The drinks world has been left reeling following an accusation that as much as 75% of its content could be fraudulent.
The accusation was made by investigative journalist Paco Lies in a hard-hitting exposé published this week.
‘If you look at what’s written about booze, most of it looks perfectly plausible at first,’ he said. ‘It’s packaged in semi-coherent sentences and the spelling is largely accurate.
‘But once you do some proper analysis of the content itself, it quickly becomes clear that much of it is totally lacking in substance,’ he told Fake Booze.
The drinks world has dismissed the figures as sensationalist.
‘Of course there’s some fakery,’ said Eddie Torial of the Global Content Producers Union. ‘Usually relating to whisky NFTs or sulphites in wine, which nobody understands but feels they have to have an opinion on.
‘But since around half of all copy is recycled press releases and the rest is rehashes of articles written in 1974 we’d say most of it is pretty reliable.’
However Lies claims millions of people consume content every day without realising that it’s been put together by uncrupulous fakers.
Unsurprisingly, social media and personal websites are the worst environment for fraud.
Only last year the FBI uncovered a ring of bloggers who were pumping out entirely fake comments about the science behind natural wine and claiming it was based on a five-year PhD study.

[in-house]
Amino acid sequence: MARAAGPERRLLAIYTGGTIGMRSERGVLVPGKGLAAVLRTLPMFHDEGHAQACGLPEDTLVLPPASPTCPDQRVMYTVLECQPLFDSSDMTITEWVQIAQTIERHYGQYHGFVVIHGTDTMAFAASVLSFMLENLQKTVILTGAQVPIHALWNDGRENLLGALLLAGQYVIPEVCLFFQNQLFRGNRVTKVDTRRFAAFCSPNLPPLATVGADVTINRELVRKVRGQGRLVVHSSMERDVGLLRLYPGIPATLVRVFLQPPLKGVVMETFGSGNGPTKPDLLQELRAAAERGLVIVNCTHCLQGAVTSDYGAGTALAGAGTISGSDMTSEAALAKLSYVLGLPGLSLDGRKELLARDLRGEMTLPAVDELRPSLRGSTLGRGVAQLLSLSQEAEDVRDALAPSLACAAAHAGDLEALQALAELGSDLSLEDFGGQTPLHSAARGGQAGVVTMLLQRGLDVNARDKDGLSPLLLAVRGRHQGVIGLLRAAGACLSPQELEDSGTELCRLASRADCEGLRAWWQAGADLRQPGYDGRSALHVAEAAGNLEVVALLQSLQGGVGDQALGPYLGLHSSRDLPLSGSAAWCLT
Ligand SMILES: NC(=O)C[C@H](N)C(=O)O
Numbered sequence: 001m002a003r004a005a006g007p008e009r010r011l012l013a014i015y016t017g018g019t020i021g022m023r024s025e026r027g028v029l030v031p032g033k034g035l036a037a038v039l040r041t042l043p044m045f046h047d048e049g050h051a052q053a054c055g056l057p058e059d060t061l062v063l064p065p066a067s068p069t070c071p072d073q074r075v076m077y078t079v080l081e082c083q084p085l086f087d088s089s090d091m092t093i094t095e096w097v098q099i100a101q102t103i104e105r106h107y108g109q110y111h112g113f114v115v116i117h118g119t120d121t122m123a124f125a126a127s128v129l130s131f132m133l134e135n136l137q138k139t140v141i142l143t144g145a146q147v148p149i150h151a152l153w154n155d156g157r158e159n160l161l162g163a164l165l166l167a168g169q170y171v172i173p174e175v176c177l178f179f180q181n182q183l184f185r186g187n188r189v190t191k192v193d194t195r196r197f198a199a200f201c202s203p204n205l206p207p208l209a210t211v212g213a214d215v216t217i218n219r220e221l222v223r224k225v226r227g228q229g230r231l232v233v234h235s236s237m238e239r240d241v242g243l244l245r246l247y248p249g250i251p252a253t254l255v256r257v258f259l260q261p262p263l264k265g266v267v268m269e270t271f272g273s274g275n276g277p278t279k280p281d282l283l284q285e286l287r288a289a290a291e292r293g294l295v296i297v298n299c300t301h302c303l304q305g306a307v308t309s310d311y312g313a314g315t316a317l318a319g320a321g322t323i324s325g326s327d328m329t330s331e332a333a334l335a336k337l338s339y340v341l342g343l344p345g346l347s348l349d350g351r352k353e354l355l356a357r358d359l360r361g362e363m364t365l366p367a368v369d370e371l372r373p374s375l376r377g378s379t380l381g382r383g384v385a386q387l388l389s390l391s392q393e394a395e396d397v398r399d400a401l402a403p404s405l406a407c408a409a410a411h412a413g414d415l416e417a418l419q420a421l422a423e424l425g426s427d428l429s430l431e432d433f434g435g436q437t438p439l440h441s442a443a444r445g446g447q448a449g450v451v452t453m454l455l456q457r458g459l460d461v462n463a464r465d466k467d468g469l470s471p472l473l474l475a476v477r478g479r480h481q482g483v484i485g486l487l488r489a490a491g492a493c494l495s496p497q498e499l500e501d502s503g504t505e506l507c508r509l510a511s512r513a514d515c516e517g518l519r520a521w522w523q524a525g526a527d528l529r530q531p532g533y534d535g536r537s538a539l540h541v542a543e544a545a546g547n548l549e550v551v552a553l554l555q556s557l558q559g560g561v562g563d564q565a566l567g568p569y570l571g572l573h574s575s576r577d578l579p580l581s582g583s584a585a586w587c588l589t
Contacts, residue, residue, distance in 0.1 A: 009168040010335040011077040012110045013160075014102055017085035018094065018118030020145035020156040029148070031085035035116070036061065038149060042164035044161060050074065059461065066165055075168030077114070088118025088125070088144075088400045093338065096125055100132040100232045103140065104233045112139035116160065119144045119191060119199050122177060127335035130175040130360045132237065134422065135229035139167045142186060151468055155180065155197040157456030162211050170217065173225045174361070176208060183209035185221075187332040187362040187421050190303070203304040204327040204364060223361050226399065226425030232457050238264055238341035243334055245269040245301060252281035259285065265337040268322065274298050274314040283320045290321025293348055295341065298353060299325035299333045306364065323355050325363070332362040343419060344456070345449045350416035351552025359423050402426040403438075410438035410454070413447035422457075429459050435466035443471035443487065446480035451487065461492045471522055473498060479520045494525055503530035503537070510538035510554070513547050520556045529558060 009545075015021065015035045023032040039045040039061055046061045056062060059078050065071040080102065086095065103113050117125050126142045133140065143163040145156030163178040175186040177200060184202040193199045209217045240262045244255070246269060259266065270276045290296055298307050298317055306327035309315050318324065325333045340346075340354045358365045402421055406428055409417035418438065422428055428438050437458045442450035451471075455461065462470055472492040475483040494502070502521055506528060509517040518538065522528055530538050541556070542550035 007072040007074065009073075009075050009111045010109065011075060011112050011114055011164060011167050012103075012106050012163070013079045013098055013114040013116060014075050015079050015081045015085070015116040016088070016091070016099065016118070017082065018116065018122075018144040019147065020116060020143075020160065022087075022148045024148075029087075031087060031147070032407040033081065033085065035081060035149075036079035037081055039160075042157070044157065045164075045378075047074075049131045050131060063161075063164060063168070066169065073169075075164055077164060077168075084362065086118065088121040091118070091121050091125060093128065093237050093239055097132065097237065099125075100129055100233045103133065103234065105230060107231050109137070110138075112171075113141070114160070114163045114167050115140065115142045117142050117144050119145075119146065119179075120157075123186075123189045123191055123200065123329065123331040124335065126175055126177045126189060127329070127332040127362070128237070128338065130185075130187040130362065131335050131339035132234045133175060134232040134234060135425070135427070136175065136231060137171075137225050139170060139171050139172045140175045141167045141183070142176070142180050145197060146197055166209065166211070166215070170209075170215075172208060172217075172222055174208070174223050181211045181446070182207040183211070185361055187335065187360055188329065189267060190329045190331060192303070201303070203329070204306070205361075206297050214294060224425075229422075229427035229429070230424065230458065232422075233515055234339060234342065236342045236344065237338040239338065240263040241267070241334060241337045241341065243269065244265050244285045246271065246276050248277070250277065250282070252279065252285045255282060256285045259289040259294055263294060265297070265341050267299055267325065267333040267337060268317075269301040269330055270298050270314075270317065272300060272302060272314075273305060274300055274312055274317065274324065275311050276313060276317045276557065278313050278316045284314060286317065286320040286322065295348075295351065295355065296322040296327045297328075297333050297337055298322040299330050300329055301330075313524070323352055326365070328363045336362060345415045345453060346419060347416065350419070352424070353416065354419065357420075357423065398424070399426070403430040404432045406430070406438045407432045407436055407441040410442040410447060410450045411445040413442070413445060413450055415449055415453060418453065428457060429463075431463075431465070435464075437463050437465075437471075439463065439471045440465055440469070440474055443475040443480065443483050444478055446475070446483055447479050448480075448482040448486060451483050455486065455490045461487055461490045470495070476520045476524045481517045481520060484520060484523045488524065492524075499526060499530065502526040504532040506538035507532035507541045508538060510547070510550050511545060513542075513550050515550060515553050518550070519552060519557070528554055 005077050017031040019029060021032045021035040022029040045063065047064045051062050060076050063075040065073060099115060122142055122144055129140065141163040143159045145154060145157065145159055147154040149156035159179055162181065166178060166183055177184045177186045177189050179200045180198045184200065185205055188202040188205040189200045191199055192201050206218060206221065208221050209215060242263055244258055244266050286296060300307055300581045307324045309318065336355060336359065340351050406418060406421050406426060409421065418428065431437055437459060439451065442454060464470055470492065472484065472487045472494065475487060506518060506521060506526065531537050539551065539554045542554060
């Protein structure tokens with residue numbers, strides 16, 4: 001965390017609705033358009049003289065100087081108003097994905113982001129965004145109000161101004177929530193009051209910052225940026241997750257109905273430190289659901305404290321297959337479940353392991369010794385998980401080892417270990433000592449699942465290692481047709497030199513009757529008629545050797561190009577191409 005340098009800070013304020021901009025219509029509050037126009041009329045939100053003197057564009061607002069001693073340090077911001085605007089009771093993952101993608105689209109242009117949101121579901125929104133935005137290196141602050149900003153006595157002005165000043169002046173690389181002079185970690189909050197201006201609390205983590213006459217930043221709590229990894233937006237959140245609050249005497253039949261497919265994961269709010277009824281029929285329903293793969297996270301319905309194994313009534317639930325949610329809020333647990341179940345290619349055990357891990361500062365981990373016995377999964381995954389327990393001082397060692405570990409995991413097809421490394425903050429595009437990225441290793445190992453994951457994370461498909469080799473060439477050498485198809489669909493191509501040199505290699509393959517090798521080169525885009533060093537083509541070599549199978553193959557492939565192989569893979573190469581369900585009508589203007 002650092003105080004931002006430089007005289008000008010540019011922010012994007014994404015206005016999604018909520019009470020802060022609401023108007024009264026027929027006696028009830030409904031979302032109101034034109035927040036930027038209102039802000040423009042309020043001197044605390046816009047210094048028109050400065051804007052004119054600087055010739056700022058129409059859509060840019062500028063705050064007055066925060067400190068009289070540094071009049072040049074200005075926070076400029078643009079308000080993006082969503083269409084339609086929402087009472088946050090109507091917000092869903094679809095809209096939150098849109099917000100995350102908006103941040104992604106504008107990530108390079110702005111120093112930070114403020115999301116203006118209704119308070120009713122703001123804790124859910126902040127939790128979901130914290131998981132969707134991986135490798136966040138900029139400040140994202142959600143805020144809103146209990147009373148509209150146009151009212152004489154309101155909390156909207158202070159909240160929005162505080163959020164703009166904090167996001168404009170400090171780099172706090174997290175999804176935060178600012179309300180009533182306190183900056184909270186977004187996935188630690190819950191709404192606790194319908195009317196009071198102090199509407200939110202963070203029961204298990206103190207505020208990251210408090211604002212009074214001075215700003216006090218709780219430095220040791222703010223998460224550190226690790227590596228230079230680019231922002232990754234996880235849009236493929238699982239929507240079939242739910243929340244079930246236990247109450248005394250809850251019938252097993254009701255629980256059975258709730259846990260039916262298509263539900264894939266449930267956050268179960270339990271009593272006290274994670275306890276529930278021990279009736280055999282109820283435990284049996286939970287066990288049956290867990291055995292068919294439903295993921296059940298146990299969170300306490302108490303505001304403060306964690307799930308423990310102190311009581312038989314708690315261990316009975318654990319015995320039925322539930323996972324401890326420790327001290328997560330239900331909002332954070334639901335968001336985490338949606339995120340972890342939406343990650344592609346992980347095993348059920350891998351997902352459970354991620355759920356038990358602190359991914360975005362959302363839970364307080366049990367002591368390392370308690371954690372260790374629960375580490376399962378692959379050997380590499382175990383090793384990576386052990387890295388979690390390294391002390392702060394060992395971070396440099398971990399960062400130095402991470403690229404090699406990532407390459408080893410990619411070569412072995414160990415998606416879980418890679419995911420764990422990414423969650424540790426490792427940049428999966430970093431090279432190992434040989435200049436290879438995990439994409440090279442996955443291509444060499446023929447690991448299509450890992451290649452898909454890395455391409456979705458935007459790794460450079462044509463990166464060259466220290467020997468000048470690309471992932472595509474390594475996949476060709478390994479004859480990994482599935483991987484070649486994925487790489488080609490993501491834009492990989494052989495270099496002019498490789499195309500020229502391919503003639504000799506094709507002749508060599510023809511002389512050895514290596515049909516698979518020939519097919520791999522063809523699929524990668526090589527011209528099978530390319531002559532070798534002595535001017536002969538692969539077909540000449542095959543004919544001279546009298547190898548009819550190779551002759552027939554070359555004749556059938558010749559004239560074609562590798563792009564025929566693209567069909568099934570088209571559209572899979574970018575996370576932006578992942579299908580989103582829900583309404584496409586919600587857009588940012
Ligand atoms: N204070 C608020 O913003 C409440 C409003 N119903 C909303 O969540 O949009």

The report points out, too, that fakery is not always obvious.
Sponsored round table discussions on trade websites, for instance, might be largely bollocks, but they are not outright lies because the people genuinely believe what they are saying.
‘Inflated optimism and wishful thinking don’t make someone a criminal,’ notes the report, ‘just criminally stupid.’
Echt, genuine and real
Hearteningly, there are places where authenticity is guaranteed.
‘Books, magazine articles and anything written by a Master of Wine are a safe bet,’ said Lies.
‘Essentially, if you struggle to get past the third paragraph without your eyes closing, it’s a good guarantee that it’s been written by somebody who knows what they’re talking about.’
Read about how Italian police rushed to shut down a non-fake wine operation here